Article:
Albatross Island Adventure
Field Trip Personnel:
Kris Carlyon- Marine Conservation Program, DPIPWE
Julie McInnes- Institute of Marine and Antarctic Studies, UTAS
Janet Price- Northgate State School, Queensland
Albatross Island is one of just 3 breeding sites for shy albatross on the planet, all of which are in Tasmania. The colony here is home to just over 5000 breeding albatross pairs, approx. 40% of the total breeding population.
The island is located just over 30km from mainland Tasmania in the Hunter Island group in western Bass Strait. It’s an 18 ha nature reserve, measuring approx. 1500m long and 300m wide, and access is by permit only. The island has a rocky jagged coastline and high cliffs, but the interior is undulating, with a number of gulches and caves. Aside from the albatross, there’s plenty of other wildlife around, including burrowing petrels, sea eagles and fur seals.
Long-term monitoring of shy albatross has been conducted by the Tasmanian DPIPWE on Albatross Island since 1980. Current monitoring shows the population is in decline, likely a result of fisheries interactions and changes in resource abundance and distribution as a result of a changing climate.
When on the island, the team camps in a large cave that provides shelter from the elements, but is also home to penguins and fairy prions so the nights can be quite loud! All food, water and supplies are brought to the island and everything taken off again at the conclusion of the trip. Although this trip will likely be about 4-5 days, the team will carry enough supplies for about 10 days in case the weather turns.
The primary annual monitoring trips are in October (breeding effort and band reading) and April (breeding success and chick banding). This 5-day trip is scheduled for some time between 5-15 December 2016, depending on a suitable window of good weather. At this time, the albatross eggs laid in September will have hatched and small chicks will be sitting on nests, with some still being attended by brooding adults.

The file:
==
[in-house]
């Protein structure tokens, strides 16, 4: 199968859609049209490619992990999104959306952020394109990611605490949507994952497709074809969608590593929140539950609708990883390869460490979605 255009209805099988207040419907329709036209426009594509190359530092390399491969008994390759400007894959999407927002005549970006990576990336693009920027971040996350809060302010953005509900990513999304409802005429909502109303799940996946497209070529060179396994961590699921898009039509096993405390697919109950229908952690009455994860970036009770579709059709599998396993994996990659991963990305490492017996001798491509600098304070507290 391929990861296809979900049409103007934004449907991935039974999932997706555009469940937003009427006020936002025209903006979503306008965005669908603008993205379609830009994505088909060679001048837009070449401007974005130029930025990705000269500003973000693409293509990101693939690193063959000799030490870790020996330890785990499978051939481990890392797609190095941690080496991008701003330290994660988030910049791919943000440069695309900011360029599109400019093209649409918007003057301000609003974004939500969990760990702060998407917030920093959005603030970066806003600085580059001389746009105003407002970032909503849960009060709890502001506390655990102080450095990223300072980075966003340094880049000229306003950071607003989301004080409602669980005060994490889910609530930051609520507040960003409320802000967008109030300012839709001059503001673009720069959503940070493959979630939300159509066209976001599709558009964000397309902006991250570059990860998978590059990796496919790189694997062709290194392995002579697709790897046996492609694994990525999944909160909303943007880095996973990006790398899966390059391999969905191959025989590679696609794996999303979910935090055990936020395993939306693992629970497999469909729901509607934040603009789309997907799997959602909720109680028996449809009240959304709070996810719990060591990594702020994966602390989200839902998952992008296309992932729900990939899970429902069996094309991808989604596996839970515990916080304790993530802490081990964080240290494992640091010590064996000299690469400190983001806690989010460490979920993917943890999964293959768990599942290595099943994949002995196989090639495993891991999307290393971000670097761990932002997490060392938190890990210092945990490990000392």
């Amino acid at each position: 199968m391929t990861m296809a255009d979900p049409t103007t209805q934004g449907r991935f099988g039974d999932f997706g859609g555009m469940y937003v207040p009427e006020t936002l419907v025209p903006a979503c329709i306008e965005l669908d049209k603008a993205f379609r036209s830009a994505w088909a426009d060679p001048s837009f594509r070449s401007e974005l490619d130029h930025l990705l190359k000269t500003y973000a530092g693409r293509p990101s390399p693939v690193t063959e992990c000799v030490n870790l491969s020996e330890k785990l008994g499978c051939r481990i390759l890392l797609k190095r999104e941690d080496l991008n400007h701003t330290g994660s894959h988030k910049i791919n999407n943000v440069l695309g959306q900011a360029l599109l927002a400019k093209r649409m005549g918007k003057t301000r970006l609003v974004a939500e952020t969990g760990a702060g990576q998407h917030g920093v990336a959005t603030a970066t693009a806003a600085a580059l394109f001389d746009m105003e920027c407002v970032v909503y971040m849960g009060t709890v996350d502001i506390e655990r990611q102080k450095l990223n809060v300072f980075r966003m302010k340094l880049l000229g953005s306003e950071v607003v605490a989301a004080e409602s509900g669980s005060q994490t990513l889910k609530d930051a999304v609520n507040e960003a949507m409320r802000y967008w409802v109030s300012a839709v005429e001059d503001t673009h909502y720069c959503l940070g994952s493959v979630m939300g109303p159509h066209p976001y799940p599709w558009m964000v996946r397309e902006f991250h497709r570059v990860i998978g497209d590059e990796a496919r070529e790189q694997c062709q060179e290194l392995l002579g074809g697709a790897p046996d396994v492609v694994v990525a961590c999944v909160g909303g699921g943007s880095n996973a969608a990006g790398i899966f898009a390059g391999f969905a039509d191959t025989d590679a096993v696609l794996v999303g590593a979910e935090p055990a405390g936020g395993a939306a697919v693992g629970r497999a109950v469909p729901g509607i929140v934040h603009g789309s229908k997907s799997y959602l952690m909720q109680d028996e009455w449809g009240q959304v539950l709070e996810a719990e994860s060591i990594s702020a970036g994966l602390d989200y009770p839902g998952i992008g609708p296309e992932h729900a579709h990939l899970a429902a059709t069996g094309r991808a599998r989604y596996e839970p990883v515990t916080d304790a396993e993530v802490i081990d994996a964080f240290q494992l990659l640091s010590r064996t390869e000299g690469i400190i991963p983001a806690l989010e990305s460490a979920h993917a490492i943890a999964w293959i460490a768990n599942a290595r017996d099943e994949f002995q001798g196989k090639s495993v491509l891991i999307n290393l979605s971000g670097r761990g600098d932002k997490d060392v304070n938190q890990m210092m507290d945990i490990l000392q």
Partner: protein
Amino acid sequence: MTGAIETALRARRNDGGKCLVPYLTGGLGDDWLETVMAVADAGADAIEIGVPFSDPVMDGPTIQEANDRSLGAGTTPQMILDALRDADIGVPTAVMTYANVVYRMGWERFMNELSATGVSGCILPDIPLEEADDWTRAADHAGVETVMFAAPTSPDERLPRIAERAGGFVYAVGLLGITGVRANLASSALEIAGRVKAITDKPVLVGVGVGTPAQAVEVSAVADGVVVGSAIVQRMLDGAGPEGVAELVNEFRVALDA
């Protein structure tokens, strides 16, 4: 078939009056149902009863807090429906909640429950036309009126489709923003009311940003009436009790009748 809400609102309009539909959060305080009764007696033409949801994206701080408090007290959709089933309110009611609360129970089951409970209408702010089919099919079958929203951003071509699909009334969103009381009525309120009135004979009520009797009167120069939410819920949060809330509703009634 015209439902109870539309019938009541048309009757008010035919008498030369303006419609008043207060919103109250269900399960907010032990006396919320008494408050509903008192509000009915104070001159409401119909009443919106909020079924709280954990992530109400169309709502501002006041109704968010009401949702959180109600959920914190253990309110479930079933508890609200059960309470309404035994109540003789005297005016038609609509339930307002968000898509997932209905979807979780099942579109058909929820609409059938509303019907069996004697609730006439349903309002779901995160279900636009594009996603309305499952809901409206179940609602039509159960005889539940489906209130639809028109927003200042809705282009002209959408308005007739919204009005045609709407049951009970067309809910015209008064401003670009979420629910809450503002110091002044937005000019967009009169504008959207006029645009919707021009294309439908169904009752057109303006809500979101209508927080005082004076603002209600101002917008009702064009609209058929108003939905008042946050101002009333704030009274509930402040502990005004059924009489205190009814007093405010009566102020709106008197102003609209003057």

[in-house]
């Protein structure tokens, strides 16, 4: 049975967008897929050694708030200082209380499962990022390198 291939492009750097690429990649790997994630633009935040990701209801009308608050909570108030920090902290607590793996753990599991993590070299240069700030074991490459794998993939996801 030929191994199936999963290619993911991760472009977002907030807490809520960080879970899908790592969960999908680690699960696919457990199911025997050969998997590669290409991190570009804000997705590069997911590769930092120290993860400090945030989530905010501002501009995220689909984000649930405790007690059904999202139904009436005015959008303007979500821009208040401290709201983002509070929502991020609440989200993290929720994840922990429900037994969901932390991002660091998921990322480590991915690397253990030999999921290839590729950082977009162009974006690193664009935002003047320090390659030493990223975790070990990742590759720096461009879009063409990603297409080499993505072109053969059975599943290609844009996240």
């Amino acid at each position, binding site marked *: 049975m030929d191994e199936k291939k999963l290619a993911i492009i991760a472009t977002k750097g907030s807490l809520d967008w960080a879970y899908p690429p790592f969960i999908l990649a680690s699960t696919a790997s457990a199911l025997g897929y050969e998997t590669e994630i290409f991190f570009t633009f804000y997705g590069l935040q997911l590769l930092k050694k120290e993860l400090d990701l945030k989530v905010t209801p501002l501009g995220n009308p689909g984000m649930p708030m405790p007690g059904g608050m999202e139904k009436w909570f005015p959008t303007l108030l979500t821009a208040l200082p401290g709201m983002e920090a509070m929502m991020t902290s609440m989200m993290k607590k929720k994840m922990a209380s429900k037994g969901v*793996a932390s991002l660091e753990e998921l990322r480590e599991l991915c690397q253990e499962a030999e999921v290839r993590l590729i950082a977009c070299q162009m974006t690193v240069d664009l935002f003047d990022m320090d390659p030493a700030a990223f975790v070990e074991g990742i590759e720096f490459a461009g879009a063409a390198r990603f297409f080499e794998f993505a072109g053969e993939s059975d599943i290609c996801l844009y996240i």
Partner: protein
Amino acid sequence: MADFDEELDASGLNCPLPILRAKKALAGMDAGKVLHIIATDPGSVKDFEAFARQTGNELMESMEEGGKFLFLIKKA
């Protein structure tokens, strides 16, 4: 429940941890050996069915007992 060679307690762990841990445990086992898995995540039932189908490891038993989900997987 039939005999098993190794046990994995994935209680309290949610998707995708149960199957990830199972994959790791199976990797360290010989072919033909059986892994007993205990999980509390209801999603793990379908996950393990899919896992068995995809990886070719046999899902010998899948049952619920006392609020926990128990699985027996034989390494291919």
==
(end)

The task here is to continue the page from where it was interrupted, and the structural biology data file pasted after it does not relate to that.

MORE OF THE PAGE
This December trip is a supplementary one and will involve a few different activities:
- Census of hatching success in study plots.
- Management actions to increase the adaptive capacity of shy albatross in the face of a changing climate.
- Retrieve several GPS loggers deployed on birds in October.
- Collect faecal samples for ongoing investigation of diet at different stages in the breeding season.
- Census of breeding fairy prions.
- Check function of GigaPan high resolution remote camera.
Teachers and Students:
This is a unique opportunity to follow the activities of a scientific field trip in real life and real time. There are lessons available from the old Search for the Shy Albatross program that you can adapt to this project. Alternatively, and being close to the end of the year this is more likely, you can simply tune into the daily reports from early December and follow the adventure as it unfolds. If it sparks a few discussions and investigations, awesome. If it shows students a different side of scientific endeavour, great. If it simply inspires you to make up your own summer adventure, that'll do just fine. The discussion board will be active during December so if you have questions for the team on the island just log in and get in touch.